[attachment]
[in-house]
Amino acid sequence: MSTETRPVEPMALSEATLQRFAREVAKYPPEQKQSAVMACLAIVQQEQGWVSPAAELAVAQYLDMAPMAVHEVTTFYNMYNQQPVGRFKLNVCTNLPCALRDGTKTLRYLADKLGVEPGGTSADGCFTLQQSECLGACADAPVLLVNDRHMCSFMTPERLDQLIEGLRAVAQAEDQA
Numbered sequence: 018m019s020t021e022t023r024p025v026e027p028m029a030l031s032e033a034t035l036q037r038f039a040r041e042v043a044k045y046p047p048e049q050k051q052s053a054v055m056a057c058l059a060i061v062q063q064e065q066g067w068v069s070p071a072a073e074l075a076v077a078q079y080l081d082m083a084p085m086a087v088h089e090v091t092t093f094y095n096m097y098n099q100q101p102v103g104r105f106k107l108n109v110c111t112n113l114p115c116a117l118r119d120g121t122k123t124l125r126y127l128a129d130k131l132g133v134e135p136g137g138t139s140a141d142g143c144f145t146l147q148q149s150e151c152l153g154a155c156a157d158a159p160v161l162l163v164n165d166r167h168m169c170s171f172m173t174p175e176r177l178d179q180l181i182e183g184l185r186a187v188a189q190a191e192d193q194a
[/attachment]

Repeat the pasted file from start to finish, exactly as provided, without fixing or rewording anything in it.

[in-house]
Amino acid sequence: MSTETRPVEPMALSEATLQRFAREVAKYPPEQKQSAVMACLAIVQQEQGWVSPAAELAVAQYLDMAPMAVHEVTTFYNMYNQQPVGRFKLNVCTNLPCALRDGTKTLRYLADKLGVEPGGTSADGCFTLQQSECLGACADAPVLLVNDRHMCSFMTPERLDQLIEGLRAVAQAEDQA
Numbered sequence: 018m019s020t021e022t023r024p025v026e027p028m029a030l031s032e033a034t035l036q037r038f039a040r041e042v043a044k045y046p047p048e049q050k051q052s053a054v055m056a057c058l059a060i061v062q063q064e065q066g067w068v069s070p071a072a073e074l075a076v077a078q079y080l081d082m083a084p085m086a087v088h089e090v091t092t093f094y095n096m097y098n099q100q101p102v103g104r105f106k107l108n109v110c111t112n113l114p115c116a117l118r119d120g121t122k123t124l125r126y127l128a129d130k131l132g133v134e135p136g137g138t139s140a141d142g143c144f145t146l147q148q149s150e151c152l153g154a155c156a157d158a159p160v161l162l163v164n165d166r167h168m169c170s171f172m173t174p175e176r177l178d179q180l181i182e183g184l185r186a187v188a189q190a191e192d193q194a